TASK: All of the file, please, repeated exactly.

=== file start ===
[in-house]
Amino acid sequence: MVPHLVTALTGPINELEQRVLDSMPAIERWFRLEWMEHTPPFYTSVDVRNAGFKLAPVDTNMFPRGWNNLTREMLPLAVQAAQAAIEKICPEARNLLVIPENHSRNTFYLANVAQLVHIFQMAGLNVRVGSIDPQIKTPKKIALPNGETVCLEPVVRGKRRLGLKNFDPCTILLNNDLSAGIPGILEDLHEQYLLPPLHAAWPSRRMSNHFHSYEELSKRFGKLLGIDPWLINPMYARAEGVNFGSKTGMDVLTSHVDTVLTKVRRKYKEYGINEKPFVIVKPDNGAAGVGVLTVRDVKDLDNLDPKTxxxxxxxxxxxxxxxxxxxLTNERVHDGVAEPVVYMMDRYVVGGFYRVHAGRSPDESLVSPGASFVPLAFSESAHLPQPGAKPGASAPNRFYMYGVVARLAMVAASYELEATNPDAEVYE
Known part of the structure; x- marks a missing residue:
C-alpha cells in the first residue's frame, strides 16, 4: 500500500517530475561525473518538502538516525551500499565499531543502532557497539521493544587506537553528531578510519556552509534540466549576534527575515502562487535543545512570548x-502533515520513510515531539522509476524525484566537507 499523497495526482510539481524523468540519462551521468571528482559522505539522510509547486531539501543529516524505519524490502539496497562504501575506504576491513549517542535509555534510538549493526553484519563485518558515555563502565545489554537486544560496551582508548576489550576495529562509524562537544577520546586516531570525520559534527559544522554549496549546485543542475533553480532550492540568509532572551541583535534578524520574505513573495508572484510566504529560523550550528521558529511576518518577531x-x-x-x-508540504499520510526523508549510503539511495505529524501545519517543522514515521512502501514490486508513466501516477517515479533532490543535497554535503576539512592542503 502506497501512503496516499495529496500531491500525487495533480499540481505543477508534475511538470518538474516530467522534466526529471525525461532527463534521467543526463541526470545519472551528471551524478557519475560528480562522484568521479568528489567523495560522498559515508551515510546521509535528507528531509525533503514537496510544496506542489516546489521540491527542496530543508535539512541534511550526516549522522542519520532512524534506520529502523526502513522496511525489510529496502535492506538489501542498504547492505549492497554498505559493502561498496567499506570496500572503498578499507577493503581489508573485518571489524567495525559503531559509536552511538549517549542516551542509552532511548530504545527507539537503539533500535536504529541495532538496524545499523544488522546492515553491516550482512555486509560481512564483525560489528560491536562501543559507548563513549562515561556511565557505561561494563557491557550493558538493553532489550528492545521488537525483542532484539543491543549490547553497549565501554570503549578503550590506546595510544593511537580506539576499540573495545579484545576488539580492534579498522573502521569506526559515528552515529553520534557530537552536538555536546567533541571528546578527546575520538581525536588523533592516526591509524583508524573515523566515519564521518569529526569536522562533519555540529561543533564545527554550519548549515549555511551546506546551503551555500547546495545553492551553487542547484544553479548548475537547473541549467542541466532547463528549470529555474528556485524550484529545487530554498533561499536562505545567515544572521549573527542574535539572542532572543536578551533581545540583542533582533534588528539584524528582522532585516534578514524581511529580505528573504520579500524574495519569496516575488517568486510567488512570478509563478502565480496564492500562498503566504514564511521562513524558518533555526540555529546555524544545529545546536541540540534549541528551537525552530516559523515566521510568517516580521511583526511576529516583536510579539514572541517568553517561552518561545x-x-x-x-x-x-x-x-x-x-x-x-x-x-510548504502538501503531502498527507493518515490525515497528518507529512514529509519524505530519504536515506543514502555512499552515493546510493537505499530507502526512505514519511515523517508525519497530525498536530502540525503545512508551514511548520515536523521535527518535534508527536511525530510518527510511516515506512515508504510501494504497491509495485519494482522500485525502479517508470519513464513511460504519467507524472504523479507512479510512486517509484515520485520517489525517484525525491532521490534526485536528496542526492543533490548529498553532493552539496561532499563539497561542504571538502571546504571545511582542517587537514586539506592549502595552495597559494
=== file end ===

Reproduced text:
[in-house]
Amino acid sequence: MVPHLVTALTGPINELEQRVLDSMPAIERWFRLEWMEHTPPFYTSVDVRNAGFKLAPVDTNMFPRGWNNLTREMLPLAVQAAQAAIEKICPEARNLLVIPENHSRNTFYLANVAQLVHIFQMAGLNVRVGSIDPQIKTPKKIALPNGETVCLEPVVRGKRRLGLKNFDPCTILLNNDLSAGIPGILEDLHEQYLLPPLHAAWPSRRMSNHFHSYEELSKRFGKLLGIDPWLINPMYARAEGVNFGSKTGMDVLTSHVDTVLTKVRRKYKEYGINEKPFVIVKPDNGAAGVGVLTVRDVKDLDNLDPKTxxxxxxxxxxxxxxxxxxxLTNERVHDGVAEPVVYMMDRYVVGGFYRVHAGRSPDESLVSPGASFVPLAFSESAHLPQPGAKPGASAPNRFYMYGVVARLAMVAASYELEATNPDAEVYE
Known part of the structure; x- marks a missing residue:
C-alpha cells in the first residue's frame, strides 16, 4: 500500500517530475561525473518538502538516525551500499565499531543502532557497539521493544587506537553528531578510519556552509534540466549576534527575515502562487535543545512570548x-502533515520513510515531539522509476524525484566537507 499523497495526482510539481524523468540519462551521468571528482559522505539522510509547486531539501543529516524505519524490502539496497562504501575506504576491513549517542535509555534510538549493526553484519563485518558515555563502565545489554537486544560496551582508548576489550576495529562509524562537544577520546586516531570525520559534527559544522554549496549546485543542475533553480532550492540568509532572551541583535534578524520574505513573495508572484510566504529560523550550528521558529511576518518577531x-x-x-x-508540504499520510526523508549510503539511495505529524501545519517543522514515521512502501514490486508513466501516477517515479533532490543535497554535503576539512592542503 502506497501512503496516499495529496500531491500525487495533480499540481505543477508534475511538470518538474516530467522534466526529471525525461532527463534521467543526463541526470545519472551528471551524478557519475560528480562522484568521479568528489567523495560522498559515508551515510546521509535528507528531509525533503514537496510544496506542489516546489521540491527542496530543508535539512541534511550526516549522522542519520532512524534506520529502523526502513522496511525489510529496502535492506538489501542498504547492505549492497554498505559493502561498496567499506570496500572503498578499507577493503581489508573485518571489524567495525559503531559509536552511538549517549542516551542509552532511548530504545527507539537503539533500535536504529541495532538496524545499523544488522546492515553491516550482512555486509560481512564483525560489528560491536562501543559507548563513549562515561556511565557505561561494563557491557550493558538493553532489550528492545521488537525483542532484539543491543549490547553497549565501554570503549578503550590506546595510544593511537580506539576499540573495545579484545576488539580492534579498522573502521569506526559515528552515529553520534557530537552536538555536546567533541571528546578527546575520538581525536588523533592516526591509524583508524573515523566515519564521518569529526569536522562533519555540529561543533564545527554550519548549515549555511551546506546551503551555500547546495545553492551553487542547484544553479548548475537547473541549467542541466532547463528549470529555474528556485524550484529545487530554498533561499536562505545567515544572521549573527542574535539572542532572543536578551533581545540583542533582533534588528539584524528582522532585516534578514524581511529580505528573504520579500524574495519569496516575488517568486510567488512570478509563478502565480496564492500562498503566504514564511521562513524558518533555526540555529546555524544545529545546536541540540534549541528551537525552530516559523515566521510568517516580521511583526511576529516583536510579539514572541517568553517561552518561545x-x-x-x-x-x-x-x-x-x-x-x-x-x-510548504502538501503531502498527507493518515490525515497528518507529512514529509519524505530519504536515506543514502555512499552515493546510493537505499530507502526512505514519511515523517508525519497530525498536530502540525503545512508551514511548520515536523521535527518535534508527536511525530510518527510511516515506512515508504510501494504497491509495485519494482522500485525502479517508470519513464513511460504519467507524472504523479507512479510512486517509484515520485520517489525517484525525491532521490534526485536528496542526492543533490548529498553532493552539496561532499563539497561542504571538502571546504571545511582542517587537514586539506592549502595552495597559494